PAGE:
Ahmadi-nejad and the shifting political environment in Iran.
Ahmadi-nejad, a former mayor of Tehran, was elected to office with 62% of the vote, nearly double that of his rival, former President Akbar Hashemi Rafsanjani. Capitalizing on a wave of public disillusionment with the previous reformist administration of President Mohammad Khatami, and on growing hardships faced by rural and working class Iranians, Ahmadi-nejad ran on a platform that blended conservative social values, a populist economic agenda, and militant nationalism.
Although the newly elected president's wealth redistribution agenda irked those in the Iranian political system with entrenched financial interests, his initial popularity forced them to grudgingly accept it. In keeping with his campaign promise to "put oil money on the tables of the people," Ahmadi-nejad greatly increased government spending to raise public sector salaries, expand commodity subsidies, and fund a range of projects and services for the poor. He forced banks to lower interest rates, while spending billions of dollars on debt forgiveness for poor farmers and credit for newlyweds and first time homeowners. He introduced a plan to offer shares in state-owned companies ("justice shares") to low income Iranians.
However, as 57 prominent Iranian economists warned in a June 2006 open letter, Ahmadi-nejad's policies "ignor[ed] the basic principles" of economics. His vast increases in government spending (by 27% in 2006 alone) and slashing of interest rates caused inflation to surge from 11% in 2005 to 25% in May 2008. This resulted in steady price increases for housing, food, and other necessities, bringing greater hardship to most Iranians. By 2007, public disaffection with Ahmadi-nejad was palpable, especially in urban areas. Refusing to raise the heavily subsidized price of gasoline, Ahmadi-nejad instituted rationing, leading irate citizens to torch 19 gas stations.
The president repeatedly blamed Iran's worsening economic crisis on corruption, but he has been mostly ineffective in tackling this issue. A recent parliamentary audit of the state treasury revealed that $35 billion in oil revenue was spent without the knowledge of parliament. Shortly thereafter, a mid-level government official supportive of Ahmadi-nejad made detailed accusations of corruption by more than forty high-ranking government officials, but this was more an act of political revenge than reform (the president denied involvement in the leak, but was widely suspected of encouraging it).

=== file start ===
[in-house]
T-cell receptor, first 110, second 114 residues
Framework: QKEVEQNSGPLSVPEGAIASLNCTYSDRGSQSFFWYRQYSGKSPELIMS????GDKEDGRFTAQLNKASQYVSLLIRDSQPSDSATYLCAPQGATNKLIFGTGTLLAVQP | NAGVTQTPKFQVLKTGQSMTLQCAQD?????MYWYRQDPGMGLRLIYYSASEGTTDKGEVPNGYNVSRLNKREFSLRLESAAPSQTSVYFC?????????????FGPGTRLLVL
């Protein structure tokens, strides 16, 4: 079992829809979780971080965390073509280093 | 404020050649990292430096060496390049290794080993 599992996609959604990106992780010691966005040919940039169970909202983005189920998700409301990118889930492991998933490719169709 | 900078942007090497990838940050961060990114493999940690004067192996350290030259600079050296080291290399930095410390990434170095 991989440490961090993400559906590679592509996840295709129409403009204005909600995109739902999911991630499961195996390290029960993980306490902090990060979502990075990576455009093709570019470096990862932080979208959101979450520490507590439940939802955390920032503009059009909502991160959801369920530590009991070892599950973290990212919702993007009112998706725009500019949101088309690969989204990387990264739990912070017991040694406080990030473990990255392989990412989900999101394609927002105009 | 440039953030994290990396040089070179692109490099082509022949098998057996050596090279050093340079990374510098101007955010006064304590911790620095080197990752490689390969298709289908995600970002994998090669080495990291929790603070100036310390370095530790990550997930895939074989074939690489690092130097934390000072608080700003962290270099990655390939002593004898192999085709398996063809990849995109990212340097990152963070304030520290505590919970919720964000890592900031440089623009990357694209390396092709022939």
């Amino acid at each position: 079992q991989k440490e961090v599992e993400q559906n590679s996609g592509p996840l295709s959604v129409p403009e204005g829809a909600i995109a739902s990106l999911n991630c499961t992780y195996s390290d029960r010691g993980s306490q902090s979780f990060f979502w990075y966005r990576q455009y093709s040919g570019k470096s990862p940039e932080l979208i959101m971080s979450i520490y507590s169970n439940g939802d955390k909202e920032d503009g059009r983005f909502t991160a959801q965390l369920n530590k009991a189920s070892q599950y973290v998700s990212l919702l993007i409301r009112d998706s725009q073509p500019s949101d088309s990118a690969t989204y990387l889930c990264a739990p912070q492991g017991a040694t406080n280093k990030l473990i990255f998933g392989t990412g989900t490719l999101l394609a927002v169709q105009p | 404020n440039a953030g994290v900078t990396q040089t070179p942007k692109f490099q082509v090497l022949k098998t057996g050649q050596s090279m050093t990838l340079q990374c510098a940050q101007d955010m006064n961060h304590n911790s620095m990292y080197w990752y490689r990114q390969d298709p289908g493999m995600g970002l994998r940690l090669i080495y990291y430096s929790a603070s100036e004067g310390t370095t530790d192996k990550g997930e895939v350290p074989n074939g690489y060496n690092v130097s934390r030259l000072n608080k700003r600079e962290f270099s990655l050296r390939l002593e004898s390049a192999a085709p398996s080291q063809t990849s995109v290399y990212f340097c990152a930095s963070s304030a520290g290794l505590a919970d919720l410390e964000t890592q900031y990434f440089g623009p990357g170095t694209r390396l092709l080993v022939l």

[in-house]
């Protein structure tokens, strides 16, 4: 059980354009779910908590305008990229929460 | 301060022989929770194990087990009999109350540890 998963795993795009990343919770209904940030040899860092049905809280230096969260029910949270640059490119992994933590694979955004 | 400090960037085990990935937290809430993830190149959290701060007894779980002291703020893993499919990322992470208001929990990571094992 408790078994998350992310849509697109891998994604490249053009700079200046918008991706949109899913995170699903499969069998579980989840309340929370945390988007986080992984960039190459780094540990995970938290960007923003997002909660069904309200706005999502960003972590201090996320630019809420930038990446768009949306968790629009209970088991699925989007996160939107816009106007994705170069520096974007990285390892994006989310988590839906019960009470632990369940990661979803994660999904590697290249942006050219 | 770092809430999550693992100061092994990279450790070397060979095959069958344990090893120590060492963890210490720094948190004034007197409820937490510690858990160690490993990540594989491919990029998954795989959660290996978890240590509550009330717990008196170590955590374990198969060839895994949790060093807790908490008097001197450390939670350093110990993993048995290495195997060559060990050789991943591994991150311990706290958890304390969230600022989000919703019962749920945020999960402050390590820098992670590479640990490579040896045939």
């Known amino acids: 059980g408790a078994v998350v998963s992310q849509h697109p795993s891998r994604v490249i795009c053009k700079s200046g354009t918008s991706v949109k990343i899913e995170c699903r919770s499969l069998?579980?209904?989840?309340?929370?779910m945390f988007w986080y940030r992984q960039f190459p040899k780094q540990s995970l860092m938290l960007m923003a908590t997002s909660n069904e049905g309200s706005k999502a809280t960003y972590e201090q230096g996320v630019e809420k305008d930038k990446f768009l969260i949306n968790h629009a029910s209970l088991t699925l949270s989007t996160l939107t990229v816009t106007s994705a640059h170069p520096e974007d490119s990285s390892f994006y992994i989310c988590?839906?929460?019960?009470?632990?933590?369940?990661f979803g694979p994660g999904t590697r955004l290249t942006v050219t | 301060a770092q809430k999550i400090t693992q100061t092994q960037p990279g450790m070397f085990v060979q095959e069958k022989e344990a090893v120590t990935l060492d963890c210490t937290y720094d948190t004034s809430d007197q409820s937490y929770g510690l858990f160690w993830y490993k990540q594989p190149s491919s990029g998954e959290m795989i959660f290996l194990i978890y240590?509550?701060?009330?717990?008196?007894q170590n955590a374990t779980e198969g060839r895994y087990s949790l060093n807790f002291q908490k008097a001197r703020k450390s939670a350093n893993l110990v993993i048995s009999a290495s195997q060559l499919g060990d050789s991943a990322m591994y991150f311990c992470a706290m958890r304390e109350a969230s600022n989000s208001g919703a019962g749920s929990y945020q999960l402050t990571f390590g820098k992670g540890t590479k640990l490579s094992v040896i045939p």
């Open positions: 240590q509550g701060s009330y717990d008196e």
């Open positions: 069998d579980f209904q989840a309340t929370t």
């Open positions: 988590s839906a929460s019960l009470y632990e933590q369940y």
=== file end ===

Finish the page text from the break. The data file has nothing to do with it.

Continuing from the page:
Notwithstanding his frequent denunciations of rampant cronyism in Iran, the president's own appointments often aimed at rewarding his allies, at times irrespective of their qualifications. Former officers of the IRGC were especially favored, particularly as provincial administrators. His cabinet was regarded as so unqualified that the conservative-dominated parliament refused to grant it a full vote of confidence, rejecting four of his nominees. Notoriously unwilling to tolerate criticism, Ahmadinejad replaced nine members of the cabinet during his first three years. Most recently, the president dismissed Interior Minister Mostafa Pourmohammadi (allegedly for reporting electoral irregularities to Supreme Leader Ayatollah Ali Khamenehi without the president's knowledge) and Finance Minister Davoud Danesh Jaafari (for publicly stating that the government had failed to control rising inflation).
As dismal economic conditions eroded public support for the president, Ahmadi-nejad came under mounting criticism from some of his fellow conservatives. Even the president's spiritual advisor, Ayatollah Mesbah Yazdi, said that the government had failed to deal with rising poverty.
There has also been a growing consensus that Ahmadi-nejad's anti-Western rhetoric and confrontational diplomatic approach to the nuclear crisis plays into the hands of Iran's enemies. Iran's head nuclear negotiator, Ali Larijani, resigned over irreconcilable differences with the president.